Malaysia's prisons under threat of radicalisation

Officers from the Malaysian Special Branch Counter-Terrorism Division in an anti-terror raid in Sandakan, Sabah, last month that netted five suspected militants.
Officers from the Malaysian Special Branch Counter-Terrorism Division in an anti-terror raid in Sandakan, Sabah, last month that netted five suspected militants.PHOTO: MALAYSIAN SPECIAL BRANCH COUNTER-TERRORISM DIVISION

Ex-detainee held for recruiting inmates; those jailed for militant activities to be kept isolated

Malaysia is facing a militant radicalisation threat in its prisons following the arrest of a 53-year-old former detainee, whom the police found had been actively recruiting inmates while he was serving time.

National police chief, Tan Sri Mohamad Fuzi Harun, said the suspect, who had just been released from prison, was arrested with a 37-year-old acquaintance in Tapah, Perak, on Friday.

Mr Mohamad Fuzi said the former Internal Security Act (ISA) detainee had been actively recruiting inmates in Tapah Prison after he was arrested in February 2013 and convicted of terror offences.

"We've known for quite some time that he had been recruiting inmates (there), but we can't disclose when it started. Those who have been radicalised have also been identified," Mr Mohamad Fuzi told The Sunday Times.

Since 2013, the Malaysian authorities have put at least 332 Malaysians and foreigners behind bars, as the country battles supporters and sympathisers of the Islamic State in Iraq and Syria (ISIS) and its affiliates.

Among those arrested were army personnel and policemen, as well as women who wanted to travel to Syria to join ISIS.

Malaysia's Home Ministry has begun isolating detainees held for militant activities from other prisoners to curb the spread of terror ideology in the prison system.

The move came after seven prison wardens fell under the influence of detainees involved in militant groups last year.

Mr Mohamad Fuzi said the former ISA detainee's aim was to incite religious and racial conflicts in Malaysia.

"He had planned to launch attacks at places of worship belonging to Muslims, Christians and Hindus," he added.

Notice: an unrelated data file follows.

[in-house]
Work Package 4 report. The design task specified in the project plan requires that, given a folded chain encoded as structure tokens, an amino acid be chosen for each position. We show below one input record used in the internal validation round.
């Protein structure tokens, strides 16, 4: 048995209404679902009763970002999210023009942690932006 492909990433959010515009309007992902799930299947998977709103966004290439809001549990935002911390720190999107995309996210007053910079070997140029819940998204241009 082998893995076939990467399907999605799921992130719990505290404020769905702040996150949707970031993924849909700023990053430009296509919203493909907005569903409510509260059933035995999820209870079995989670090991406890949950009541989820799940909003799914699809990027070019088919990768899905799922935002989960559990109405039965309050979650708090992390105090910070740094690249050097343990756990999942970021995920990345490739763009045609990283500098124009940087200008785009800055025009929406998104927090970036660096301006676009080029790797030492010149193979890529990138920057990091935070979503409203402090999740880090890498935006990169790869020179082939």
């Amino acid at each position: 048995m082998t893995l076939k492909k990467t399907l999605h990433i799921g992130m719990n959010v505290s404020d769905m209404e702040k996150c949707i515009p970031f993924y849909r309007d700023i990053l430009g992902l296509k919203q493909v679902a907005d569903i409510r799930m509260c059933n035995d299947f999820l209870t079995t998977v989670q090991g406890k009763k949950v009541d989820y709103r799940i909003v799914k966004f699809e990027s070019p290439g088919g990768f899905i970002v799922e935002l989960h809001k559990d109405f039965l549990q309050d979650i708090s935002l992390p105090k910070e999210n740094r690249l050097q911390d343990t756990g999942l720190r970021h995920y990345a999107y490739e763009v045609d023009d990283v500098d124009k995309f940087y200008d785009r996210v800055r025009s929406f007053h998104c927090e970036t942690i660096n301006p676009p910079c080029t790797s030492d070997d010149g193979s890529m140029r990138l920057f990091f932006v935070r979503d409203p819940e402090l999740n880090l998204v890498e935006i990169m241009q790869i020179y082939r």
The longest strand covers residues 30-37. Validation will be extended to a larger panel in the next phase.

"We also believe he had been protecting a militant from Tandzim Al-Qaeda Malaysia (TAQM), who is still at large and wanted by the police.

"Another man, a 37-year-old, is believed to have recruited two Malaysians to join TAQM with the help of the first suspect.

"This is precisely why we need to isolate detainees held for militant activities from regular prisoners."

 

The duo were among eight suspected militants, including five with links to the Abu Sayyaf Group (ASG) in the Philippines, who were arrested in a series of anti-terror raids which took place between Sept 27 and Oct 6 in Sabah, Selangor and Perak.

In the first series of arrests, two Malaysians, two Filipinos and another Filipino with Malaysian permanent resident status were arrested in Sandakan, Sabah, on Sept 27.

"We believe they were making travel arrangements for ASG militants into Malaysia," he said.

A 35-year-old Albanian man, who is a guest lecturer at a Malaysian public university, was detained in Selangor on Oct 1 after police intelligence found that he had connections with ISIS militants overseas.

Malaysia faced its first terrorist attack in June last year when a grenade was lobbed into a nightclub in Puchong, Selangor, injuring eight people. The two men responsible were sentenced to 25 years in jail.

A version of this article appeared in the print edition of The Sunday Times on October 08, 2017, with the headline 'Malaysia's prisons under threat of radicalisation'. Print Edition | Subscribe